This is clear in the village of Ban Nan Rai, in Phang Nga province. Houses have been rebuilt, mostly thanks to foreign donors such as World Vision and Rotary International, but the disparity in standards is striking because the government gave no guidelines. Rawee Lekdam, for example, was given one of the first houses to be built, by a Thai Navy radio station. He is now regretting his “luck”.
“If I had known others with bigger budgets were going to come, I would have wanted that,” he said.
At least these villagers have houses. The Moken people, who have no identity cards or birth certificates, lost everything. To all intents and purposes they have become non-people in the government’s eyes, according to Anchalee Tholkliang of Care International.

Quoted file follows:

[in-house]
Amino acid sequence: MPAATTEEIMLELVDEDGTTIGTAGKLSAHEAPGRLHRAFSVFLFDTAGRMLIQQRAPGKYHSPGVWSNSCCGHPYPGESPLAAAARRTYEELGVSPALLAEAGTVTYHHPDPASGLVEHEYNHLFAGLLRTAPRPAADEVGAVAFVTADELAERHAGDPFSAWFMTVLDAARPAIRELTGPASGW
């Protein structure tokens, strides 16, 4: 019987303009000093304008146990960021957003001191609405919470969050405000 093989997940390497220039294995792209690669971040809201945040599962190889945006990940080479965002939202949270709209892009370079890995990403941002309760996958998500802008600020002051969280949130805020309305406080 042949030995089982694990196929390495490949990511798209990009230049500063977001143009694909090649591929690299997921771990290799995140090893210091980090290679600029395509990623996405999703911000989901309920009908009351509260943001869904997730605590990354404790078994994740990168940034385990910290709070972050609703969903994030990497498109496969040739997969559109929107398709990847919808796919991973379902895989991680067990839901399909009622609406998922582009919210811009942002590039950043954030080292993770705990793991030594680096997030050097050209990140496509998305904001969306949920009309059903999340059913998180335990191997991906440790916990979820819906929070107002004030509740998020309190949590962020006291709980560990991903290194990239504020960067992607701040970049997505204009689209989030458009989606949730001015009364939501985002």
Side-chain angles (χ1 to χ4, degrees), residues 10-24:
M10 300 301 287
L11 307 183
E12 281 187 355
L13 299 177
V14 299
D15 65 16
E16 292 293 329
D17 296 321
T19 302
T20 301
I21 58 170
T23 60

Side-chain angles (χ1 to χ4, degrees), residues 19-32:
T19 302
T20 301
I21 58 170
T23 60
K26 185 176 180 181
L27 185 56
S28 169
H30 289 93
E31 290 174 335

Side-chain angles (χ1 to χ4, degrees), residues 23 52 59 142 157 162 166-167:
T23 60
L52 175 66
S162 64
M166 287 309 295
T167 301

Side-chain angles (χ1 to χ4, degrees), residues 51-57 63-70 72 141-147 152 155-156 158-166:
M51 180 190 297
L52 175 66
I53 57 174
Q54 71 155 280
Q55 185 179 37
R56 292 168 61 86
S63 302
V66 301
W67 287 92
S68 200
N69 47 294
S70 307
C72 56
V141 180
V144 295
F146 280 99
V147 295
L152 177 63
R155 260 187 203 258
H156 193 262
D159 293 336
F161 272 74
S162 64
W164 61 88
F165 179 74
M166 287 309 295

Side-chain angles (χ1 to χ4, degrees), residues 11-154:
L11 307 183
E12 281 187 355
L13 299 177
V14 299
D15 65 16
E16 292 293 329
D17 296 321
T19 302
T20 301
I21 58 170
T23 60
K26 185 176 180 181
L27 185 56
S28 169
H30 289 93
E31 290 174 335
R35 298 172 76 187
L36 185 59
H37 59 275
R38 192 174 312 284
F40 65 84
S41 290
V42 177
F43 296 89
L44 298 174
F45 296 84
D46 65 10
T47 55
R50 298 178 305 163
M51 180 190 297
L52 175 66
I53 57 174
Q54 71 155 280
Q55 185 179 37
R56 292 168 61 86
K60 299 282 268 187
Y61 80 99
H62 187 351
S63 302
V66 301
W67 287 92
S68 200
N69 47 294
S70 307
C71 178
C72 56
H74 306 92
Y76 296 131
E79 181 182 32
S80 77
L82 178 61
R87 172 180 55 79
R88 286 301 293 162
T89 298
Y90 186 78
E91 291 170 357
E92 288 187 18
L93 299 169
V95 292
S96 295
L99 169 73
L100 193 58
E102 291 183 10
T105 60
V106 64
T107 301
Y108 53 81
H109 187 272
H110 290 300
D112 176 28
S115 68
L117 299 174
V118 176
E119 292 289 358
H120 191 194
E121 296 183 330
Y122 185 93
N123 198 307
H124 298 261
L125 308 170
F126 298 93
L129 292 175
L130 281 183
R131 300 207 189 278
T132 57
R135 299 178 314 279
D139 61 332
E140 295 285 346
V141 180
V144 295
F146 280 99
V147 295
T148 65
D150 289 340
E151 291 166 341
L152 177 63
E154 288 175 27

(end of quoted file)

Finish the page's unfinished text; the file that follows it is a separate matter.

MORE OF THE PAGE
If such an attitude from the authorities had prevailed in Aceh, where the scale of devastation was more than 20 times worse, the problems there would be catastrophic. In contrast to Thailand, Indonesia created a special reconstruction agency (BRR) headed by a Cabinet minister. The BRR’s genesis delayed reconstruction in Aceh by several months—aid agencies were forced to put plans on hold while waiting for it to be formed and get its act together—but in the long run it will probably prove the correct decision.
BRR began as a facilitator but it is evolving into a co-ordinating and enforcing agency, setting criteria for projects. That does not excuse the fact that so many people are still in tents rather than some form of transitional shelter. It is hard to know where to pin the blame; it probably lies with everyone involved in Aceh.